Presentation on theme: "Chapter Six Digital Photography Foundations (How to use the various settings on your digital camera)"— Presentation transcript:
Chapter Six Digital Photography Foundations (How to use the various settings on your digital camera)
Image Size Large, medium, small, etc. Choose whatever the largest image size gives you the most flexibility (enlarging, cropping, high-quality printing, etc.) Drawback: large image sizes mean less taking images on the same memory card Comment: memory cards are getting cheaper all the time; get a spare one if necessary 3:2 7,360 x 4,912 (L), 5,520 x 3,680 (M), 3,680 x 2,456 (S) 6,144 x 4,080 (L), 4,608 x 3,056 (M), 3,072 x 2,040 (S) 4,800 x 3,200 (L), 3,600 x 2,400 (M), 2,400 x 1,600 (S) 5:4 6,144 x 4,912 (L), 4,608 x 3,680 (M), 3,072 x 2,456 (S)
Compression: JPEG JPEG compression is lossy The less compression, the higher the image quality The higher compression, the smaller the image file size Many digital cameras allow you to set the levels of compression RAW file format has no compression
ISO setting Typical settings: 50,100, 200, 400, 800, 1600, 3200 Auto ISO: the camera chooses an ISO value depending on lighting conditions, e.g. well- lighted scenes 100-200, dark scenes 800- 1600 High ISO settings (e.g. 1600 or above) tend to cause noise in images
ISO setting tips For well-lighted “normal” shots, use 100-200 for best image quality For “action” shots, use 400 or 800 for faster shutter speed For indoor or night shots without flash, use 1600 or above
Color Temperature Light sources 2000K Sunrise 2500K Light bulbs 5000-5500K Daylight, flash 9000K Overcast sky Lower color temperature means “warmer” color (reddish) Higher color temperature means “cooler” color (bluish)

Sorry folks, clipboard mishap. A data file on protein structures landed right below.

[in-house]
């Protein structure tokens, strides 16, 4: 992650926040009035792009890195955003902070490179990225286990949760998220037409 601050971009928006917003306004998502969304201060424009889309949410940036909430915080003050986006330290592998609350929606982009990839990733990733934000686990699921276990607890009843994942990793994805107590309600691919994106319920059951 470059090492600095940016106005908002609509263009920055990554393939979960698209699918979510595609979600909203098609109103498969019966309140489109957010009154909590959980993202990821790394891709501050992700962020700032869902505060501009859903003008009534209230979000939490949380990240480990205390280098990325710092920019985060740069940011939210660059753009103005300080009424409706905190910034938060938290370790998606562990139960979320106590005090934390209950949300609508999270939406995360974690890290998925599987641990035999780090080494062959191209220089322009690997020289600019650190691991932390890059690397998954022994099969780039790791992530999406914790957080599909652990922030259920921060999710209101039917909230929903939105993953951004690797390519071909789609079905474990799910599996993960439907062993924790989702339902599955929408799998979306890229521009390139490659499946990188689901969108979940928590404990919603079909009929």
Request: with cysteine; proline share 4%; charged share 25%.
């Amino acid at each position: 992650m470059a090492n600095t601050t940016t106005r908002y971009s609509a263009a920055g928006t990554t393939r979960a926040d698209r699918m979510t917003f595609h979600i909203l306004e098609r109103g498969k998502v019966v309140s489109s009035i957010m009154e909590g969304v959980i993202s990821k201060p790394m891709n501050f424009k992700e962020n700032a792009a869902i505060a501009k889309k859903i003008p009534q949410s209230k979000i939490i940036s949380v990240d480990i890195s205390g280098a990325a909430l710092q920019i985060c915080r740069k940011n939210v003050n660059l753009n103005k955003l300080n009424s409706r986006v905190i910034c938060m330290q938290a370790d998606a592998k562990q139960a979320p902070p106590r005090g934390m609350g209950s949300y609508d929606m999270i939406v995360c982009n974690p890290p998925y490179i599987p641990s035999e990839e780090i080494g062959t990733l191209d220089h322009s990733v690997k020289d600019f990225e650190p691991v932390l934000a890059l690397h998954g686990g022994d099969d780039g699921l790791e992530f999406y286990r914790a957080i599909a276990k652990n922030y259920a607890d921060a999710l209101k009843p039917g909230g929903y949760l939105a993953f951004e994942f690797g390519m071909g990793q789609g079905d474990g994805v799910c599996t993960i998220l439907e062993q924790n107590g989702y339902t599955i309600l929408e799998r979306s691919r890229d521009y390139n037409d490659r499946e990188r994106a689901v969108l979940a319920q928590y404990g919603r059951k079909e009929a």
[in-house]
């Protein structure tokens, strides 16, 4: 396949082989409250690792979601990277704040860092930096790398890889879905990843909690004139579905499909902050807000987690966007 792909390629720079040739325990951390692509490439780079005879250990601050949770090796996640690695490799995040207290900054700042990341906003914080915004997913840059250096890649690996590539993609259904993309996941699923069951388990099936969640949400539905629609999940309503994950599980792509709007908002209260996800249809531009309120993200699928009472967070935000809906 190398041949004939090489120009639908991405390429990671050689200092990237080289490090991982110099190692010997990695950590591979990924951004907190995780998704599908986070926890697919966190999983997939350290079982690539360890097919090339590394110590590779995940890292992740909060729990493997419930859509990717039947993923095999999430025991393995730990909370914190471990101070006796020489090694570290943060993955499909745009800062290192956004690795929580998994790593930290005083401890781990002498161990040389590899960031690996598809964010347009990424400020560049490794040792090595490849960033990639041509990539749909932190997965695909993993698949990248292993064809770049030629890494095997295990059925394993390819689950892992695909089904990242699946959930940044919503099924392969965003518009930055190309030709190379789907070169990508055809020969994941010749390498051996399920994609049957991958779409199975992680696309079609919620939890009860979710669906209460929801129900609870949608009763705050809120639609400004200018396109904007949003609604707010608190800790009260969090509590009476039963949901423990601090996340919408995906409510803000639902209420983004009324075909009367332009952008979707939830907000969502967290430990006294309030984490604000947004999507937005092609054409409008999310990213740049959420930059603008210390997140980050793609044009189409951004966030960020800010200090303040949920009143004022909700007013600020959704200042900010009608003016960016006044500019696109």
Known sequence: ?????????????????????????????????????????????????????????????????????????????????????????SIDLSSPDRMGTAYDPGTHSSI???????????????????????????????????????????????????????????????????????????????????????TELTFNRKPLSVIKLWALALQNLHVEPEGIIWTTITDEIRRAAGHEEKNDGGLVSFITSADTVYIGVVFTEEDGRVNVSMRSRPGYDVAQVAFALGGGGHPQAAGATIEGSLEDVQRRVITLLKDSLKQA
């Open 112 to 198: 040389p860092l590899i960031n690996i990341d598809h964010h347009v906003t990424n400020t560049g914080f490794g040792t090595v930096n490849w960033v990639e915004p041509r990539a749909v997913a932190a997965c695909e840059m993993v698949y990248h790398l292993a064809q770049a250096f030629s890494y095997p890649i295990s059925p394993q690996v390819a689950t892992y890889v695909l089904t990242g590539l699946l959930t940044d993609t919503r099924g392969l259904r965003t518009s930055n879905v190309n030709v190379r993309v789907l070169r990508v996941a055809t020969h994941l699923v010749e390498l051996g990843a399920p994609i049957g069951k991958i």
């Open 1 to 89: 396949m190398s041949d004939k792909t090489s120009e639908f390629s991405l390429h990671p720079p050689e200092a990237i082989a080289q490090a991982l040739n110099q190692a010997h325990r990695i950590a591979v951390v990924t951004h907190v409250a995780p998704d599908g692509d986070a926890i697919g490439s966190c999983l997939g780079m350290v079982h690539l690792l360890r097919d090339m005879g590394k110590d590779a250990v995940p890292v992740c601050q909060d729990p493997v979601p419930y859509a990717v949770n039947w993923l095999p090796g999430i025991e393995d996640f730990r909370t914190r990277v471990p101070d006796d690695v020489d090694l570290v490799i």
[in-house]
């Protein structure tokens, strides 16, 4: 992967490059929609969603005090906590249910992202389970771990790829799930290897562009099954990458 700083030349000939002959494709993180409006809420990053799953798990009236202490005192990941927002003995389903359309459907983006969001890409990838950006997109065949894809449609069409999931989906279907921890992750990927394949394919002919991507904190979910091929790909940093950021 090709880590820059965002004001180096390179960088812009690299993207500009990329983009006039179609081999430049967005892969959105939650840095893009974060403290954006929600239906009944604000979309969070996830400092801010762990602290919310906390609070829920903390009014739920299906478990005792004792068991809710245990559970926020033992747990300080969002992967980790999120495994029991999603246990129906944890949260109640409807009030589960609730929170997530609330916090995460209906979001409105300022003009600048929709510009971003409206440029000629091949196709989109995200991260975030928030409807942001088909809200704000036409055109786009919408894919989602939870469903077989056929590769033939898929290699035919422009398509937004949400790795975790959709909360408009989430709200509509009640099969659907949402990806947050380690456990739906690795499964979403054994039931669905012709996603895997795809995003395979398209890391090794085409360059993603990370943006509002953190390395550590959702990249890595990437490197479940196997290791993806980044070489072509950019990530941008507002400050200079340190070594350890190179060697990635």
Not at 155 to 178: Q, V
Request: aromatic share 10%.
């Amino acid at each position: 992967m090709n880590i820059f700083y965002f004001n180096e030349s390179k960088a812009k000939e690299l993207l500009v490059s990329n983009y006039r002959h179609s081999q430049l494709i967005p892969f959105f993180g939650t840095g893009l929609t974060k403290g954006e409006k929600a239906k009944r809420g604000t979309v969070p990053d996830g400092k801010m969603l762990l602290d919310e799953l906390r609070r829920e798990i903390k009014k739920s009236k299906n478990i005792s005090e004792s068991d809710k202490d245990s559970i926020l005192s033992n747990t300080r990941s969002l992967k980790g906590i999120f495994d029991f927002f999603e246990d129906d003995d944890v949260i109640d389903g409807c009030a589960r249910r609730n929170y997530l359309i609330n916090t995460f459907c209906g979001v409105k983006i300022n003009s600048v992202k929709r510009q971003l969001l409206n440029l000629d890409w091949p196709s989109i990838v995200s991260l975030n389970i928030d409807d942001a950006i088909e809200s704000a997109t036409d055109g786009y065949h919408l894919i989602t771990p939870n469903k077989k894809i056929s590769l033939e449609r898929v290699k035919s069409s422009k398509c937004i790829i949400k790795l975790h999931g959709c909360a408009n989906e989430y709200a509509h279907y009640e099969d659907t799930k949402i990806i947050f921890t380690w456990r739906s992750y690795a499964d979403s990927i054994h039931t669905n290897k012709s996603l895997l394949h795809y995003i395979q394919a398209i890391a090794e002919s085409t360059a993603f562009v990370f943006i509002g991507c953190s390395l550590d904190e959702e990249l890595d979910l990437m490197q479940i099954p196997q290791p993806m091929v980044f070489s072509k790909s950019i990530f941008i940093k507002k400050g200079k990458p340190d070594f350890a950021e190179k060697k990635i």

White Balance (WB) A piece of white paper would look pure white under broad day light. A piece of white paper would look a little bit blue under fluorescent light. We would “see” a white paper in both cases because our brains (not our eyes) already “adjust” the color in real time. An image sensor would “honestly” record the slightly blue color in the second case. It is up to the camera’s CPU to “adjust” the color of the image to compensate for the non-white light source. http://www.photoxels.com/tutorial_white-balance.html
Auto White Balance (AWB) The camera evaluates the scene and tries to determine the white point(s) of the scene. Not always successful, e.g. when bright colors fill most of the scene, or in low temperature lighting.
Presets and custom WB Daylight, cloudy, tungsten, fluorescent, flash, etc. Best to take test shots to determine the most appropriate presets. Most digital cameras allow you to manually set a custom WB for a particular lighting condition by taking a shot of a white subject under that condition. Some digital cameras even allow you to set WB in terms of color temperature, e.g. 5000K
Sharpening Most digital cameras use in-camera sharpening to compensate for color interpolation. In-camera sharpening of images may not give the most desirable results as sharpening could remove useful details of an image. Some cameras allow you to set different levels of sharpening or even disable sharpening.
Color Spaces A color space determines how many different colors can be recorded on a digital camera. The most commonly used color space: sRGB Some digital cameras provide other color spaces which are usually richer than sRGB, e.g. Adobe RGB
Exposure Correct exposure depends on: Amount of light hits the sensor (aperture) Exposure time (shutter) Sensitivity of the sensor (ISO) Most digital cameras have good built-in exposure meters to help set the correct combinations of the above.